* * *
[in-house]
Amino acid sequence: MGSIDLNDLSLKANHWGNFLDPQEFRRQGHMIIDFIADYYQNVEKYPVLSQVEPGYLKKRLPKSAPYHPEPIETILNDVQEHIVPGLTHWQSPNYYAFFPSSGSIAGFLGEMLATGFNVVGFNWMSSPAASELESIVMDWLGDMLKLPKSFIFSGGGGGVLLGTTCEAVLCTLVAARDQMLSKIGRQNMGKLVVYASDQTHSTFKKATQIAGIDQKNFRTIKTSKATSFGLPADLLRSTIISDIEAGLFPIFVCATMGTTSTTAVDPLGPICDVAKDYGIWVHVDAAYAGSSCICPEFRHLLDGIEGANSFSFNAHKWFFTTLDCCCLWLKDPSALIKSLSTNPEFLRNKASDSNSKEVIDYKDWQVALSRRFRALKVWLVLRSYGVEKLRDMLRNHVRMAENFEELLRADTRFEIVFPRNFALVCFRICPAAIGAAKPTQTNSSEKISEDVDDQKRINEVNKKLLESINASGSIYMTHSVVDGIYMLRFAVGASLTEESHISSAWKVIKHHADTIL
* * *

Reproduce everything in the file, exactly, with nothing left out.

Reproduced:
[in-house]
Amino acid sequence: MGSIDLNDLSLKANHWGNFLDPQEFRRQGHMIIDFIADYYQNVEKYPVLSQVEPGYLKKRLPKSAPYHPEPIETILNDVQEHIVPGLTHWQSPNYYAFFPSSGSIAGFLGEMLATGFNVVGFNWMSSPAASELESIVMDWLGDMLKLPKSFIFSGGGGGVLLGTTCEAVLCTLVAARDQMLSKIGRQNMGKLVVYASDQTHSTFKKATQIAGIDQKNFRTIKTSKATSFGLPADLLRSTIISDIEAGLFPIFVCATMGTTSTTAVDPLGPICDVAKDYGIWVHVDAAYAGSSCICPEFRHLLDGIEGANSFSFNAHKWFFTTLDCCCLWLKDPSALIKSLSTNPEFLRNKASDSNSKEVIDYKDWQVALSRRFRALKVWLVLRSYGVEKLRDMLRNHVRMAENFEELLRADTRFEIVFPRNFALVCFRICPAAIGAAKPTQTNSSEKISEDVDDQKRINEVNKKLLESINASGSIYMTHSVVDGIYMLRFAVGASLTEESHISSAWKVIKHHADTIL